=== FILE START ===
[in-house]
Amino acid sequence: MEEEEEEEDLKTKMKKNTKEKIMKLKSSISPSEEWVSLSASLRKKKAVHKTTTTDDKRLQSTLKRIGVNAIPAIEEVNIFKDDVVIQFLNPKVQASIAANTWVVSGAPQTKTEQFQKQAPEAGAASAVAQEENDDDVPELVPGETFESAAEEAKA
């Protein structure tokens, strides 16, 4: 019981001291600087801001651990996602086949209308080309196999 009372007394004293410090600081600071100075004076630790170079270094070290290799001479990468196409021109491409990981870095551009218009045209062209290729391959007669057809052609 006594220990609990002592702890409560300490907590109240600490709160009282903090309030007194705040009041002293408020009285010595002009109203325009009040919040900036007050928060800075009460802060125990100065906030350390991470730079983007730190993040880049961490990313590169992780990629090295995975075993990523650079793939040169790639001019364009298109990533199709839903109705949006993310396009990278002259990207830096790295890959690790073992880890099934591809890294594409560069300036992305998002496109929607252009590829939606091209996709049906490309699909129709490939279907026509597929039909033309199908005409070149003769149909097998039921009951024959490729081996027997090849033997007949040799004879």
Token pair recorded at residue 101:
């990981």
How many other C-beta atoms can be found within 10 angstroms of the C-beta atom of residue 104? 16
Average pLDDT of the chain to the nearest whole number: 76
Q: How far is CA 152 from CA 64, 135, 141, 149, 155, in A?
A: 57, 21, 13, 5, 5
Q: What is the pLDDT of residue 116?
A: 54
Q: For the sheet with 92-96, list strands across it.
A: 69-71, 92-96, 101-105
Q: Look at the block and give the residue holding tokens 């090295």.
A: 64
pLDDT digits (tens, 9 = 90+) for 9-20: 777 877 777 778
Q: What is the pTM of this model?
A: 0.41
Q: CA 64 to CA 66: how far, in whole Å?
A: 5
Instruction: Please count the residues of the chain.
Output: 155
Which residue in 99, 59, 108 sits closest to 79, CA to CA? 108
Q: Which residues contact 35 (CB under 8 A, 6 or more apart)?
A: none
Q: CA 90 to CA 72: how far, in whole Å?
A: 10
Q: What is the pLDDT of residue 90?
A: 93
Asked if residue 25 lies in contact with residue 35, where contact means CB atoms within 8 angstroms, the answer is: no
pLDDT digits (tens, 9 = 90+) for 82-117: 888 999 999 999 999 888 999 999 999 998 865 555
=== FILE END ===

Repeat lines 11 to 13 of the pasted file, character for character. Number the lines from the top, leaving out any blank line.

A: 54
Q: For the sheet with 92-96, list strands across it.
A: 69-71, 92-96, 101-105